Tomorrow evening there will be a huge gathering in Tel Aviv to speak out against changes the new Israeli government is seeking to implement. These proposed changes include:
–Weakening the power of Supreme Court, whose role as a check on the other branches of government is particularly critical in light of Israel not having a constitution.
–Declaring that the Jewish people have an exclusive right to all parts of the Land of Israel—which is in direct contradiction to the Israeli Declaration of Independence which defined the state as Jewish AND welcoming to those who are not.
–Elimination of the Grandfather Clause in the Law of Return, which guarantees citizenship to anyone with a Jewish grandparent—a first step toward redefining Israel’s relationship with the Diaspora and, eventually, marginalizing non-Orthodox Jews.
These are just three changes that are already under discussion and/or being implemented. (Bear in mind, the government has been in place for less than two weeks.)
The new Israeli government, which is the most right-wing government Israel has ever seen, is not representative of Israel as a whole. And the gathering tomorrow evening in Tel Aviv will make that clear. Unfortunately, National Security Minister Itamar Ben Gvir has already called upon police to take a tougher stance on protesters. (He specifically cited blocking roads—which he was previously in support of when he agreed with the demonstrators—or flying the Palestinian flag during the rallies, but such strong police responses rarely remain as narrowly focused.) The good news is that, thus far, the police appear to be rejecting his request.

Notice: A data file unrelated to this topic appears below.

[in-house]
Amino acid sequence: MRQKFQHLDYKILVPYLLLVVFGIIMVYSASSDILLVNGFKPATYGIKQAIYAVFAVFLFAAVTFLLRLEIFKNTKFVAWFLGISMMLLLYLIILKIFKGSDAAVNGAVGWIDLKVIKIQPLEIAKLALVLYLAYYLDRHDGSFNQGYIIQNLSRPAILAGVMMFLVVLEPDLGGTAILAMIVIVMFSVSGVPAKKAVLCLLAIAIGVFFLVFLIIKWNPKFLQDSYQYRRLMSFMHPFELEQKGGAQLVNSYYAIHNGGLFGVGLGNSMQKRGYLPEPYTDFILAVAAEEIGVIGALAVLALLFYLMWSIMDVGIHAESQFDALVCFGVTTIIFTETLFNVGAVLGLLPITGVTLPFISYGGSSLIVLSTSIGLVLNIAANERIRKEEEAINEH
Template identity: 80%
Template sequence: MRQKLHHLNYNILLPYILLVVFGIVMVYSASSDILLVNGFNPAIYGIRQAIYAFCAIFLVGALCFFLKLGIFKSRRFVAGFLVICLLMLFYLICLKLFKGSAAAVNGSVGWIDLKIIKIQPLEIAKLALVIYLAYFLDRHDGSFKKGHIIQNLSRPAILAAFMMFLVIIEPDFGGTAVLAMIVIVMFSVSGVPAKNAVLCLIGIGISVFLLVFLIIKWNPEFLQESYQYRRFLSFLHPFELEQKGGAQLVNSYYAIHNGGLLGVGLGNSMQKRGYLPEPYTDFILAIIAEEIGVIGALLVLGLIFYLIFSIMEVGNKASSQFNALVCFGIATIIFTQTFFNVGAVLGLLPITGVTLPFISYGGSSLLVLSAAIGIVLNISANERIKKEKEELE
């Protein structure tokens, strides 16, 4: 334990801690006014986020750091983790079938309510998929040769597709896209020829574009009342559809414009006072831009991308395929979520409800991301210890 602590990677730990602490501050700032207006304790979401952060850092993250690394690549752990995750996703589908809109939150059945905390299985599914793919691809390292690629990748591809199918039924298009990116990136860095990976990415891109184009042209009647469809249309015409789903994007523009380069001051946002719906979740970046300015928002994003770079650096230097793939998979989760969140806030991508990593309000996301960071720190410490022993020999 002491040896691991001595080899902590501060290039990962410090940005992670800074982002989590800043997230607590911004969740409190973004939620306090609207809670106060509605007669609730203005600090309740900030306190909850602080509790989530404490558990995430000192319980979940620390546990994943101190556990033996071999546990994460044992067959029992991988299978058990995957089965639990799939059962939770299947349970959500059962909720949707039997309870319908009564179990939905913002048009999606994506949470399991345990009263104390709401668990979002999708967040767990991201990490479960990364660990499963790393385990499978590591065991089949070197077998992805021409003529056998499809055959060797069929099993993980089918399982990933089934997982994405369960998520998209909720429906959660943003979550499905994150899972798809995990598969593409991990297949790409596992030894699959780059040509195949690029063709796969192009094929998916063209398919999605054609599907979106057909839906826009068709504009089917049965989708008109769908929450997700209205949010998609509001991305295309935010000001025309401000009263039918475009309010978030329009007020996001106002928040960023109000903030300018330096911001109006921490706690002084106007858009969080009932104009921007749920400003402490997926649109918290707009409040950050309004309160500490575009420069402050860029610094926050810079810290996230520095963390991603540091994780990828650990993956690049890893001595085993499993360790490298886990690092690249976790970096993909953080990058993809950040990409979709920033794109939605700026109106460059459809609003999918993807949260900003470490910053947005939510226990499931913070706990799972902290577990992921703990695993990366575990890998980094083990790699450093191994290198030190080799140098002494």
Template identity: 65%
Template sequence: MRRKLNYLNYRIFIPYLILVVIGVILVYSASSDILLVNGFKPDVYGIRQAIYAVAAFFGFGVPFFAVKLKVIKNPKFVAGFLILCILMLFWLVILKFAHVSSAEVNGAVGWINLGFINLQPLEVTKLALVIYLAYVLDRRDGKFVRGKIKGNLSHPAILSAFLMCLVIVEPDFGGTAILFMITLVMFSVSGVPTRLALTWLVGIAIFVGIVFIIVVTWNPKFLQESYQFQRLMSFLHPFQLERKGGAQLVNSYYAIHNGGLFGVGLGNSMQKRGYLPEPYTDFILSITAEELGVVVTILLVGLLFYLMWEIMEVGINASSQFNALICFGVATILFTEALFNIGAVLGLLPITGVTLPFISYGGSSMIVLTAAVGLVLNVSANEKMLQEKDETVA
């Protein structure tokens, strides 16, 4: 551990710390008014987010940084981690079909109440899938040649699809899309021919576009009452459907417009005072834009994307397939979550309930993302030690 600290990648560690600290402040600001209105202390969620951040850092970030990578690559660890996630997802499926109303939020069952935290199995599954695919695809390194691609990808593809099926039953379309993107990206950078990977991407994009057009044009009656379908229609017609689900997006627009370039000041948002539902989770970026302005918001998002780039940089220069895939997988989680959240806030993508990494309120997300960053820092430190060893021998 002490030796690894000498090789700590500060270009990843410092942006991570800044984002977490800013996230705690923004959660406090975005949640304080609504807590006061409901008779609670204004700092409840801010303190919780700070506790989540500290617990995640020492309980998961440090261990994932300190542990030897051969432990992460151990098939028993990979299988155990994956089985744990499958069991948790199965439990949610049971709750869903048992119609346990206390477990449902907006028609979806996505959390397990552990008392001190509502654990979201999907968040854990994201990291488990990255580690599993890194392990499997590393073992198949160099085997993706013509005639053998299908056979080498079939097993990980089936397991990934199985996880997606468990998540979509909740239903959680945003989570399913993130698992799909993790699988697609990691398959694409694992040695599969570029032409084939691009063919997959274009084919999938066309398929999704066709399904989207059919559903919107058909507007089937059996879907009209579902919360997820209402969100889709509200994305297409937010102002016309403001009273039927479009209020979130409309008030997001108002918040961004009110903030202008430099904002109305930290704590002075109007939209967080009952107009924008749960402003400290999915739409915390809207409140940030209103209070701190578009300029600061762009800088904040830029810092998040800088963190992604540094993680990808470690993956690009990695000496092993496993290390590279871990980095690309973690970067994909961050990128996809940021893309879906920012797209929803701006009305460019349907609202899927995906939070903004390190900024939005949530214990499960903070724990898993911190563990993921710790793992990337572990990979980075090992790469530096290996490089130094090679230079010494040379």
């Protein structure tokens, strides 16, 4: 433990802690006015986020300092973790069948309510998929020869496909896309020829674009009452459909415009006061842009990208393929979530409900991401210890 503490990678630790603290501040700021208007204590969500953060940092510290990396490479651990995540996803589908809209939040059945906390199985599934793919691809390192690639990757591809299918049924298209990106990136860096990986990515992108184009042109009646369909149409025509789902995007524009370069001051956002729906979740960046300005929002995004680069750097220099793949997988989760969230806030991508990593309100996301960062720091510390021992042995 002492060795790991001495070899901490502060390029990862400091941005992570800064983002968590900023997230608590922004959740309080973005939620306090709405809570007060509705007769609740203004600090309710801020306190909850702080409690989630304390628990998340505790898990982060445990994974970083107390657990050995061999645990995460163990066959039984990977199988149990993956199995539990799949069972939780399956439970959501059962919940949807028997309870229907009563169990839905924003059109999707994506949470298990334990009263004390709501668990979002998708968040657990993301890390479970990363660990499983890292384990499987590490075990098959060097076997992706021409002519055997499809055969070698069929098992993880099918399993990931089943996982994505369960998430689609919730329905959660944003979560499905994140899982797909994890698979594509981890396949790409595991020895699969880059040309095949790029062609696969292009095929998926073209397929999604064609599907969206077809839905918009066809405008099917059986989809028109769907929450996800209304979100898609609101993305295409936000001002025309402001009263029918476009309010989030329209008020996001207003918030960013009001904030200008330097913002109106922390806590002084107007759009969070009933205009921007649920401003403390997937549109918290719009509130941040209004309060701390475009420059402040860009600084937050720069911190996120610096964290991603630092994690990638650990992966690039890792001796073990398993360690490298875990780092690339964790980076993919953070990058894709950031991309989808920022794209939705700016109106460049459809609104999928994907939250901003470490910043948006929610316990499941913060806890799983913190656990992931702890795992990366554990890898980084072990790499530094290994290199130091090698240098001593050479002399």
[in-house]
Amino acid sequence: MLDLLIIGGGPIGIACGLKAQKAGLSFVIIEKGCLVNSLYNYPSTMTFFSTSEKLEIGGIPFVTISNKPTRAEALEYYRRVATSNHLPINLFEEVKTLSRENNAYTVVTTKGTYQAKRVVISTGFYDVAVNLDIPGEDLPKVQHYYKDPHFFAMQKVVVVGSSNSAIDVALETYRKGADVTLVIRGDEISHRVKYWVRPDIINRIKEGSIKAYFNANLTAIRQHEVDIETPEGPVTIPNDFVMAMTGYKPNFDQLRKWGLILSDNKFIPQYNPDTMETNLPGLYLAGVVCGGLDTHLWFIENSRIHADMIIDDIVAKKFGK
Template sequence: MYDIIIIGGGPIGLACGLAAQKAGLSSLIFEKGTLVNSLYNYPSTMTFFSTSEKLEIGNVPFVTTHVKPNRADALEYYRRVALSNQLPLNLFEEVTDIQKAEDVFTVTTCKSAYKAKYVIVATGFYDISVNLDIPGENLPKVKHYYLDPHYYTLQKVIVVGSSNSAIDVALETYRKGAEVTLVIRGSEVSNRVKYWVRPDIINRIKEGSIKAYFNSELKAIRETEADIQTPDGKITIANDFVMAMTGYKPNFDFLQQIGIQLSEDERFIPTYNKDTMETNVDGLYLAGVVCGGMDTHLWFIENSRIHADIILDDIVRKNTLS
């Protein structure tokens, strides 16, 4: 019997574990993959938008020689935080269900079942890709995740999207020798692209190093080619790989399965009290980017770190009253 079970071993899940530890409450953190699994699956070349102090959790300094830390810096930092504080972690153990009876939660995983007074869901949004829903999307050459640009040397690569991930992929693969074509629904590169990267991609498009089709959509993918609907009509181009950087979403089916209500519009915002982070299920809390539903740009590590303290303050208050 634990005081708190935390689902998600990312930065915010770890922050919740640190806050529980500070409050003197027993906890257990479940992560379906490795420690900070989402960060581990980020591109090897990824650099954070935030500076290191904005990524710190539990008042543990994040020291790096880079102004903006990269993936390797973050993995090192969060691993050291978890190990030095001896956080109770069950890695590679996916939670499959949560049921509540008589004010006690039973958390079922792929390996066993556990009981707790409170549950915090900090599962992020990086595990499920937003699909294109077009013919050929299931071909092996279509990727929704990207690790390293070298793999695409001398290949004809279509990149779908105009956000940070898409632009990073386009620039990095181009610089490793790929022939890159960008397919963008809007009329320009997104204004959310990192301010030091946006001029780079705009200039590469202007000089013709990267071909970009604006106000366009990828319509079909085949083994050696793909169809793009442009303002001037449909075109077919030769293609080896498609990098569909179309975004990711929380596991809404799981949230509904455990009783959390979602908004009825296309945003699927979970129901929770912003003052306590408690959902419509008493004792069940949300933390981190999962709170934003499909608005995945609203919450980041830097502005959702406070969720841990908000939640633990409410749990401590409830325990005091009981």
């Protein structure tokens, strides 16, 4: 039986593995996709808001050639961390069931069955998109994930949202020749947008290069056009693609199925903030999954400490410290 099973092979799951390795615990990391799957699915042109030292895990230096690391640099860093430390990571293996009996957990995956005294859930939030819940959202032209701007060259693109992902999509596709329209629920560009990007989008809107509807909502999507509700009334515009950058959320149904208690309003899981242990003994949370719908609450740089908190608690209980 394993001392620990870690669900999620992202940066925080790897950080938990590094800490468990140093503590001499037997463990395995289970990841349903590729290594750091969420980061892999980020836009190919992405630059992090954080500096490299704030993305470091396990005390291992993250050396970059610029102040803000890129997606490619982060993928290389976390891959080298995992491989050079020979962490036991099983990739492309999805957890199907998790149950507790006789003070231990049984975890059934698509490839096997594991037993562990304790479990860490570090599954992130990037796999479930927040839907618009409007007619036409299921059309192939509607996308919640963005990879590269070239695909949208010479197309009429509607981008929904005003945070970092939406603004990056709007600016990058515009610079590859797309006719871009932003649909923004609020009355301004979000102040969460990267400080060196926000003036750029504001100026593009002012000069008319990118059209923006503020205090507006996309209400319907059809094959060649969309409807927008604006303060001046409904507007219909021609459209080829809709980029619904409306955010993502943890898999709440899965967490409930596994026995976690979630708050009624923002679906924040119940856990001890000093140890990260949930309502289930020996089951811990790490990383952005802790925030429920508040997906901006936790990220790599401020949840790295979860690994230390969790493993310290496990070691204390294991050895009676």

In short, the new government has already demonstrated that their rhetoric was not merely rhetoric and they intend to put their ugly, anti-democratic policies in place. Israeli citizens are responding in large numbers and the first real confrontation between the new, far-right government and the largely centrist but security-minded populace will take place as Shabbat ends tomorrow.
We often recite the prayer for Israel on the Holy Days, asking that the Jewish State be protected from those outside of Israel who seek to destroy her. This Shabbat, I invite you to join me in offering a prayer that Israel be protected from those who seek to move the country toward authoritarianism, and expressing the hope that those standing up for equality are able to raise their voices in safety.
Adonai our God, Protector and Redeemer of Israel,
bless the State of Israel which marks the dawning of hope for all who seek peace.
Shield it beneath the wings of Your love; spread over it the canopy of Your peace; send Your light and truth to all who lead and advise, guiding them with Your good counsel.
Establish peace in the land and fullness of joy for all who dwell there.
Godspeed to those demonstrating tomorrow evening.
Rabbi Daniel Cohen